CS Exhibition Pushes Limits of Technology as Art


Courtesy of Krista LaFentres

College senior Oren Shoham performs a number of covers at the Computer Science Community Art Show on April 26. Held in the basement of Harkness, the exhibition included interactive art, projections, graphic art, performance art, literary works and a few exhibits that were utterly unclassifiable.

Jacob Rivas

If the Computer Science Community Art Show were to be described in one word, that word would silently be pulled from the brain by a headset, fed into a seismograph and read as a beautiful array of colored lines. Although the featured artists at the event held on April 26 in Harkness House’s basement were not typical visual or performanceartists, the Computer Science department’s offerings were diverse and impressive enough to rival and perhaps trump Oberlin’s Studio Arts program. While made up of relatively few contributors, the exhibition featured interactive art, projections, graphic art, performance art, literary art and a few exhibits that were totally unclassifiable. Judging by this exhibition, it wouldn’t be surprising if fiveyears from now, Oberlin supported a thriving outsider arts community nestled comfortably behind computer keyboards and Oculus Rift gear.

More striking than any single performer or exhibited artist was the originality and diversity of the pieces, which caused those in attendance to question the definition of “art.” Displays included headgear that responded to brainwaves, circuit boards that produced sound when tinkered with, a simple video game, a randomized light display and projections that subtly responded to motion. These computer science majors crossed lines the Art department usually doesn’t. “Is a machine not art?” the exhibition seemed to ask.

Not all artists intended to push limits solely through their artistic media. College senior Meg Davis, whose digital prints were pinned neatly in a corner, challenged her viewers to brave the realities of the difficult experiences that define many Oberlin students’ lives: sexual trauma and eating disorders. While the artist’s 10-plus digital prints reflected great artistic talent, the experiences transferred via text were difficult to digest. Davis’s courage came through inher work. Rather than hide her frustration and disillusionment with Oberlin’s opaque Sexual Offense Policy, she pinned it on the wall. One particularly striking element was a quotation pulled from Oberlin’s (hopefully) soonto-be-forgotten vice, Obietalk. The quotation, which seemed to describe one student’s attempt to find justice for sexual assault, was printed on a plain white piece of paper that accentuated its brutal message. While a picture may be worth a thousand words, this particular piece was worthier of an apology from anyone who ever made somebody feel so bleak.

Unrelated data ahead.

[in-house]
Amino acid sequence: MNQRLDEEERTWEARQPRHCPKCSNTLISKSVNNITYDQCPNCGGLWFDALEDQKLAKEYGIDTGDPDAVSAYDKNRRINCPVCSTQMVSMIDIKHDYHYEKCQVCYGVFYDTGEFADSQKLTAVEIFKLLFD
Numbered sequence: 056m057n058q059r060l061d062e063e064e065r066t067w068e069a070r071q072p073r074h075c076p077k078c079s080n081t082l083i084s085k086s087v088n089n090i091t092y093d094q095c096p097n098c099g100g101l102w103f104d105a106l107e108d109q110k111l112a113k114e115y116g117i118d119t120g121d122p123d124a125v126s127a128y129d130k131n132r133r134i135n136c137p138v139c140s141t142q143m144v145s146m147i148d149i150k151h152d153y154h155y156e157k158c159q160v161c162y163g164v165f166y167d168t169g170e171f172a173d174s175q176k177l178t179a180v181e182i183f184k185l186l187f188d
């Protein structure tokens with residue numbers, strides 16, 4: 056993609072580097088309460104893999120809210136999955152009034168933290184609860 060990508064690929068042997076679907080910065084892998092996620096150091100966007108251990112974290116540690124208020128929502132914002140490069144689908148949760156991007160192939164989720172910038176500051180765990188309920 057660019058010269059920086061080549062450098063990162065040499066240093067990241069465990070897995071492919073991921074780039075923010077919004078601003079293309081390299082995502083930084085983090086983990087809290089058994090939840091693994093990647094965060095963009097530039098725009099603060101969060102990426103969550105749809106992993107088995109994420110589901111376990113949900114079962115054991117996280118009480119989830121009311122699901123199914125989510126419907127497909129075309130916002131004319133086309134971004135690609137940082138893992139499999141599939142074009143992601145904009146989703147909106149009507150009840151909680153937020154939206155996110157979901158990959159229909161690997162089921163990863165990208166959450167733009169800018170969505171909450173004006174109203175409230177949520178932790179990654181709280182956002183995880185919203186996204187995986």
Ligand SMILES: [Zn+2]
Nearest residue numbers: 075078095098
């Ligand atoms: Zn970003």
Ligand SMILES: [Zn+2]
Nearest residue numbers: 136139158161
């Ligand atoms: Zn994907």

The show was not totally technology-bound either. College senior Oren Shoham performed a number of covers, accompanied only by his acoustic guitar and the crowd that surrounded him. While covering Waxahatchee at an art show could easily seem corny, Shoham was able to capture the lyrical sincerity in his own voice. He surpassed the audience’s expectations, and, had it not been for a charming rendition of “Wagon Wheel” by Old Crow Medicine Show, the entire first row likely would have spent the rest of their Friday night weeping.

Poetry and other short readings closed out the show. The first poet, College senior Krista LaFentres, displayed a knack for originality in line with the show’s diversity, and the second, double-degree junior Devon Wells, managed to elicit both laughter and nostalgia. He capped his performance by reading love letters a young crush had sent him in middle school. While clearly a humorous piece, there was something honest and innocent in the way his voice met his crush’s pen. It was almost impossible not to travel back to the days when a crush was satisfied by gigglesand mall dates.

Whether one was more enlightened by new ideas of where art begins and machinery ends or by the cold confrontation of the administration’s failure to effectively manage sexual assault and mental health issues or both, one would need to purposefully ignore the exhibition’s voice in order to leave unaffected. Hopefully this will not be the last exhibition to showcase the Computer Science department’s wealth of talent.